The problems of queers are amplified by the showbiz industry, which acts as a significant influencer and agent of change in our country. Bollywood affects society's opinion at large. The numerous plot-less typical movies that this industry spits out every year are a testament to the mass hatred against the queer community. Every slapstick comedy features a man who is cross-dressed and eyes the male protagonist. The depiction of the LGBTQIA+ community in a shameful manner has been a cliche in Bollywood movies. Bring in a man dressed in a saree, cracking offensive jokes and running behind the protagonist—there you have a blockbuster. Every gay person in Bollywood movies is shown wearing a floral shirt, tight pants, and a bright scarf, who talks with a strange accent and walks with a weird posture, constantly swaying their hips. The history of homosexuality in Indian cinema is full of mockery and subjugation, and this comes from the underlying homophobia amongst the Indian audience. Kanta Bai's immense disgust with the thought of homosexuality in 'Kal Ho Na Ho' speaks volumes about the opinion of the masses. Even in a feel-good movie, Bollywood found a way to shed light on the prevalent homophobia. 'Dostana' is considered one of the first movies to present homosexuality relatively positively. However, the movie has Boman Irani playing a gay man who meets all the derogatory stereotypes designed to portray homosexuals. Another stereotypical portrayal of gay men can be found in movies that feature the female lead with a gay 'bestie,' who is inherently interested in fashion and love triangles. Such characters are expected to add an oomph factor to the painstaking attempts at comedy; rather than depict the hardships and stark reality of homosexuality in India. It is 2022, and we still see the likes of Suresh Menon playing a typical gay man, wrapped around in a saree as bright as the sun itself, hitting on every male character and being laughed at by the entire cast. When these movies are being declared 'box office winners', how can we expect the queer community to be treated with dignity and accepted as one of their own?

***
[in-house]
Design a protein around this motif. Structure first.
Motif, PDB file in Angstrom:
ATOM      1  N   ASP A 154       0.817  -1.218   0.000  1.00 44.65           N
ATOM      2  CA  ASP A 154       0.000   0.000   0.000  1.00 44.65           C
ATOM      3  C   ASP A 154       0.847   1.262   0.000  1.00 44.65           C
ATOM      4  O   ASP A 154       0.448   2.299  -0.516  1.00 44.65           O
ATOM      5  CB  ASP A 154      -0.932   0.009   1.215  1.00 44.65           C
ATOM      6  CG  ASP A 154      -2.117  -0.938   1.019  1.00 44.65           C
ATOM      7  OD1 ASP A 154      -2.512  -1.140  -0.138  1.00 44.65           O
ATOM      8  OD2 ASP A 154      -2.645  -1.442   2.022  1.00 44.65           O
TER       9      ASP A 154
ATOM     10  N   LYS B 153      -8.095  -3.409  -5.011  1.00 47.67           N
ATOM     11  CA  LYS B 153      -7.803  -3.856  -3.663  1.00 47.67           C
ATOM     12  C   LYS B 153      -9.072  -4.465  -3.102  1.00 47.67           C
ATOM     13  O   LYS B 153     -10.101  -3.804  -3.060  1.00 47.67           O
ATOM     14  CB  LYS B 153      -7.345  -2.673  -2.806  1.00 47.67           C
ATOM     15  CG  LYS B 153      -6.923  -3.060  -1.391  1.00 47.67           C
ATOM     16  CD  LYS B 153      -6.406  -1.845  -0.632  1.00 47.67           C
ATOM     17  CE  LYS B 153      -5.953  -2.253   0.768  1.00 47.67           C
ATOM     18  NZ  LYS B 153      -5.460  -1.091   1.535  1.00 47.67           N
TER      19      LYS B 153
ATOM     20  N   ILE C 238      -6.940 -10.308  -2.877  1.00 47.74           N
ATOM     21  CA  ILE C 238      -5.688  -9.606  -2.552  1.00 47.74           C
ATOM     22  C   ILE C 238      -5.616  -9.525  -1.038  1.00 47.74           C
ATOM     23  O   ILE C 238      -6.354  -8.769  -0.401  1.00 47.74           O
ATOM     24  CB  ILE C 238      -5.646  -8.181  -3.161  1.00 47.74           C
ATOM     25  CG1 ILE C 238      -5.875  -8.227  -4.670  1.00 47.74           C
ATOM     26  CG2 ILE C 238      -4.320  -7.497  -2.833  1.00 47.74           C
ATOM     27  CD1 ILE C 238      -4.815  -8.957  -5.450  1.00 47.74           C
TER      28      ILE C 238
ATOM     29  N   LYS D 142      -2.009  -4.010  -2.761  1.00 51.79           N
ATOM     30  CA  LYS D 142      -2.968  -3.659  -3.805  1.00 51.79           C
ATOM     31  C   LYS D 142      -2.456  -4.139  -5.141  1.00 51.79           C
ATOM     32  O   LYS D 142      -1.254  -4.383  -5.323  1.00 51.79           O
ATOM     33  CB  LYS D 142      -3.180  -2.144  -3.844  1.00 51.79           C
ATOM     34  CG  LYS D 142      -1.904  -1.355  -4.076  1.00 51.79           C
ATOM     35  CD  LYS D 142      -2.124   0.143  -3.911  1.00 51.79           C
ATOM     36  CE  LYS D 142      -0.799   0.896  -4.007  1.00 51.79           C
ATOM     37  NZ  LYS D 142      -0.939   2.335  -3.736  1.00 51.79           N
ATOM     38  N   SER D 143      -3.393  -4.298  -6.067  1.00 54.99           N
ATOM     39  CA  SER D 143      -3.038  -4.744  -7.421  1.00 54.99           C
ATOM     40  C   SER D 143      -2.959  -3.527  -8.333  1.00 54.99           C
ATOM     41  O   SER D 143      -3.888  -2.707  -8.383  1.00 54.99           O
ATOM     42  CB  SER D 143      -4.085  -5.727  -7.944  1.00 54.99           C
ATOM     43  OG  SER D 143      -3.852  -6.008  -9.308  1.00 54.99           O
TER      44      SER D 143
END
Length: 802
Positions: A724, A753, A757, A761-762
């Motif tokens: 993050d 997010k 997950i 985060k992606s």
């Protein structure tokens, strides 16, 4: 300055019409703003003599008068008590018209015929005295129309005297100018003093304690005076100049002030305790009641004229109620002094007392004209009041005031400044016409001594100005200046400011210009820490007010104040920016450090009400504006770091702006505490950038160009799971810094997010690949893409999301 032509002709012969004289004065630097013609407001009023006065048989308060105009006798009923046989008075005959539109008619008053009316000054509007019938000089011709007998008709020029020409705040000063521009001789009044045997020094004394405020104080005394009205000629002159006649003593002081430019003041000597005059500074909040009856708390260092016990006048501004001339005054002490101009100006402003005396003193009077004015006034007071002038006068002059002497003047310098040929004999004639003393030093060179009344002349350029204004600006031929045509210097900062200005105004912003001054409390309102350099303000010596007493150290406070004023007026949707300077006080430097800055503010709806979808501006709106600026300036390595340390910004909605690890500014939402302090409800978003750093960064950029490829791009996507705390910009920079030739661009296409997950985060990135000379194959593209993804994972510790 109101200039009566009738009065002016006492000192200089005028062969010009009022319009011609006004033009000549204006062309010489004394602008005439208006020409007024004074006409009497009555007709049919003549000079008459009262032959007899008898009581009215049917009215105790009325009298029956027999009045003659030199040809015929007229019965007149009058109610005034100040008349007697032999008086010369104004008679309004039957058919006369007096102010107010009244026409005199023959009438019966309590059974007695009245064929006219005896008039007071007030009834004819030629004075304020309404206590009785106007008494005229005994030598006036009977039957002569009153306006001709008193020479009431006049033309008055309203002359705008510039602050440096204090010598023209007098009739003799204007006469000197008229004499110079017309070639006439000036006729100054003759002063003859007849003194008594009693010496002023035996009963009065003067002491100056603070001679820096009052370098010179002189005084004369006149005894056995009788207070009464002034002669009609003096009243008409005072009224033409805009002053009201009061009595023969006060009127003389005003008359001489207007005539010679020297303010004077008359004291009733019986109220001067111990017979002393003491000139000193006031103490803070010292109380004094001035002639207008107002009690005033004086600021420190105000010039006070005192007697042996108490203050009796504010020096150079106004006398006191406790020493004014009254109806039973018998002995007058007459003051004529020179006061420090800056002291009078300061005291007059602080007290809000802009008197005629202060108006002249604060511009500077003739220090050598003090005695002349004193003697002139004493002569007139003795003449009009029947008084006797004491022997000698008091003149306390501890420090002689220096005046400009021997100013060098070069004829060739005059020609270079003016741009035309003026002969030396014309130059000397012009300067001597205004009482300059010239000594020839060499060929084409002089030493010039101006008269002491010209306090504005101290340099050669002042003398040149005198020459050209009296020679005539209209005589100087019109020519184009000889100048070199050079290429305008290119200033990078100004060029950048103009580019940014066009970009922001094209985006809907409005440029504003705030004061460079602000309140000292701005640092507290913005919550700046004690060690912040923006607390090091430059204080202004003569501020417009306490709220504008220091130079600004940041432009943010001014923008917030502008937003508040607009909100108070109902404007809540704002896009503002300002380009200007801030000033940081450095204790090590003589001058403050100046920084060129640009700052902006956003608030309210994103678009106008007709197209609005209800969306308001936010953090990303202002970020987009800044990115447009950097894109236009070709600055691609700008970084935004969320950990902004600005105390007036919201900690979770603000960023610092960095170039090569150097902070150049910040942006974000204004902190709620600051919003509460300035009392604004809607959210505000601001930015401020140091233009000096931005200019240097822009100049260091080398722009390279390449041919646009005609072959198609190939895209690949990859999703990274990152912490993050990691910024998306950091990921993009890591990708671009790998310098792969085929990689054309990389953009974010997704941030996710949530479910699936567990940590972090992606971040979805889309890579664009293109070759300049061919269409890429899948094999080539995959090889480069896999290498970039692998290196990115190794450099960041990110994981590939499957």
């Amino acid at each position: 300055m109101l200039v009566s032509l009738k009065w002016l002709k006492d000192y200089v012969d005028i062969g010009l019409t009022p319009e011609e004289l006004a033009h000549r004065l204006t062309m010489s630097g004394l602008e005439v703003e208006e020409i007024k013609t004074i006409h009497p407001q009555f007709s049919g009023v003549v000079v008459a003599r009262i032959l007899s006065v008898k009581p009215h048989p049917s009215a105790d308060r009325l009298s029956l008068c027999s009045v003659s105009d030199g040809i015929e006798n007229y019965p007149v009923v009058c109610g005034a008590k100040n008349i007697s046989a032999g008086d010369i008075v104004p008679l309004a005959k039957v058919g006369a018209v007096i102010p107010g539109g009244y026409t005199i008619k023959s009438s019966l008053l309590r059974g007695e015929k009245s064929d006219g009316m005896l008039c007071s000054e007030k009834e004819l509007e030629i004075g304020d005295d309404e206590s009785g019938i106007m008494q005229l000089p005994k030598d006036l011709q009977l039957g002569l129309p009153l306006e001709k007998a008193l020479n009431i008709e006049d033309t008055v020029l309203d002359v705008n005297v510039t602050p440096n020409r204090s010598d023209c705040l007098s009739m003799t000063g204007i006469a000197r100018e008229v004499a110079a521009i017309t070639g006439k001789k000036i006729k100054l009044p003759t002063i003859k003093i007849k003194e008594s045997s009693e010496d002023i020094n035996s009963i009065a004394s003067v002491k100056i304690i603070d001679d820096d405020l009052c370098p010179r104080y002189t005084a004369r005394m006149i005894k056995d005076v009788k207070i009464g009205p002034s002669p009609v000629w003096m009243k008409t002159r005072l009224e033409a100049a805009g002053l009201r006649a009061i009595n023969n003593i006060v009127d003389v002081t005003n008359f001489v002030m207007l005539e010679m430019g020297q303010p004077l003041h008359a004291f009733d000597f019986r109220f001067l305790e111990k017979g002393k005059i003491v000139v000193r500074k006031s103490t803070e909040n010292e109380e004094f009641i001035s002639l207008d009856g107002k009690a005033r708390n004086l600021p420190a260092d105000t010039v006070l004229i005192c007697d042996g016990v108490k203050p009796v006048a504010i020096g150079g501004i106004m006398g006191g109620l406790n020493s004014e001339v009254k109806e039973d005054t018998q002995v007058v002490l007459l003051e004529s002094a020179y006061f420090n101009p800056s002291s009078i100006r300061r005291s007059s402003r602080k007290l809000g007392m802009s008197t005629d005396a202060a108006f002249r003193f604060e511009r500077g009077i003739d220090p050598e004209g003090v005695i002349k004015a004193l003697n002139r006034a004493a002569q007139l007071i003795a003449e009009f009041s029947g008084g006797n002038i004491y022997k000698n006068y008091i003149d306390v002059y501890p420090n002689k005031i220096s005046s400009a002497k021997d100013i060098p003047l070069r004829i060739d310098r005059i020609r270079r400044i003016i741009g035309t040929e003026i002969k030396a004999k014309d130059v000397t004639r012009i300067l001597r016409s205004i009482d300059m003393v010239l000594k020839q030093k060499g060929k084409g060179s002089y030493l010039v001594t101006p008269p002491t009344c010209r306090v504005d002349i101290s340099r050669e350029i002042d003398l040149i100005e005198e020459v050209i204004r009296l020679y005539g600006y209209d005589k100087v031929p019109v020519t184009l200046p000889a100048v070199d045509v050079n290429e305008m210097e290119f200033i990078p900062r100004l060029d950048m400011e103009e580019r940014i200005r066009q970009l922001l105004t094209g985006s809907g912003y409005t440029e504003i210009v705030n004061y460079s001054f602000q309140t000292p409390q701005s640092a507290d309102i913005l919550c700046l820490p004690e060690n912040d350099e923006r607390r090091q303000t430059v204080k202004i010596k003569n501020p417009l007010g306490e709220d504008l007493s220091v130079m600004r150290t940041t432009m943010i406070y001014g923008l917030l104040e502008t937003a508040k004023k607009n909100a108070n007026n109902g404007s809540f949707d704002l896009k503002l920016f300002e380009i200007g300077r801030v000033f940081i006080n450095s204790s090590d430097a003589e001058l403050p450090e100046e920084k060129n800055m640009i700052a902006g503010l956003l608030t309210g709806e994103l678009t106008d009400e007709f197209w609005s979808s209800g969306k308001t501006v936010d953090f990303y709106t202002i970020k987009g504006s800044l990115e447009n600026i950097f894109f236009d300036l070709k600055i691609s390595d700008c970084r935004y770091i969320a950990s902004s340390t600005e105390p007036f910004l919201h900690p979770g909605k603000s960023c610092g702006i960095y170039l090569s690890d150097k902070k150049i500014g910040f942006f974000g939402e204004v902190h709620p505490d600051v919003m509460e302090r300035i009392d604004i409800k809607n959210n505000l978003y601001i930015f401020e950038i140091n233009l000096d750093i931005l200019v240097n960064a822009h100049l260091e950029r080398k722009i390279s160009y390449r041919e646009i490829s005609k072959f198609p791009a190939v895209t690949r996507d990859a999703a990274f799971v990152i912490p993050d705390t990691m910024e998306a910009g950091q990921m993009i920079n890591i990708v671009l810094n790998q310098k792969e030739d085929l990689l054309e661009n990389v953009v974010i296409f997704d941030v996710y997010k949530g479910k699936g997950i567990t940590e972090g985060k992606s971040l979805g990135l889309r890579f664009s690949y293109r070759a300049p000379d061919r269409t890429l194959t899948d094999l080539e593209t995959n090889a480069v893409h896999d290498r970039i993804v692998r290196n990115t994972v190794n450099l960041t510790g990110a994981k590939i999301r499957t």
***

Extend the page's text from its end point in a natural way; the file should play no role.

The colourful logos of corporate giants and the fancy seminars hosted by famous queer individuals may tell a happy story, but the stark reality is still painted in dark colours. Far away from gay pride parades and perfervid discussions and hashtag trends on social networking sites, families in rural India are notorious for their ways of dealing with queer individuals. In some areas of the country, esoteric honour killings are arranged so that the sole predicament for a shunned, immature gay person to persevere is to run away in the cover of the night to some random new place with no financial or social support. In other localities, gay women are put through family-approbated corrective rapes, often effectuated by their family members. It is deeply saddening and traumatising that gay women and transgender people finish at the bottom of the civilian hierarchy regarding fundamental human rights in rural areas. Even in urban areas, 'corrective therapies' are widespread. Family members force individuals who come out of the closet to undergo such disgraceful, medically incorrect, and horrifying therapies in an attempt to 'correct' their sexual choices. These dismaying experiences shatter the bodies and souls of people who just want to be accepted and adored by their families for who they are. Do we really expect India to suddenly become a utopian nation and wipe out all the red in its ledger?


Homosexuality in India is definitely not rainbows and unicorns. It is baffling that in a country of 330 million Gods, the queer community has none to count on. Homosexuality is still a subject of ridicule and lampoon. The hardships of this community are as plain as a pikestaff, yet society refuses to recognise them. It is high time that society comprehended that homosexuality is neither 'just a phase' nor an 'illness.' It is a choice that should be met with the same respect as that of a straight person. If we dream of establishing a social framework where every individual has the same rights, is met with the same respect and is provided with the same opportunities, it is high time that we work first toward sensitising the masses about the issues faced by the queer community. It is high time that the voices of the oppressed are heard, and justice is sought. Let India not be a nation of orthodox opinions but a nation that is an agent of change across the globe. India has been a pioneer in progress, and I hope the legacy is continued in social development as well. The day India is ready for same-sex marriages would be the day of a new revolution that will bring about a social change for the whole world, to work for the vision - 'Take pride in Pride'.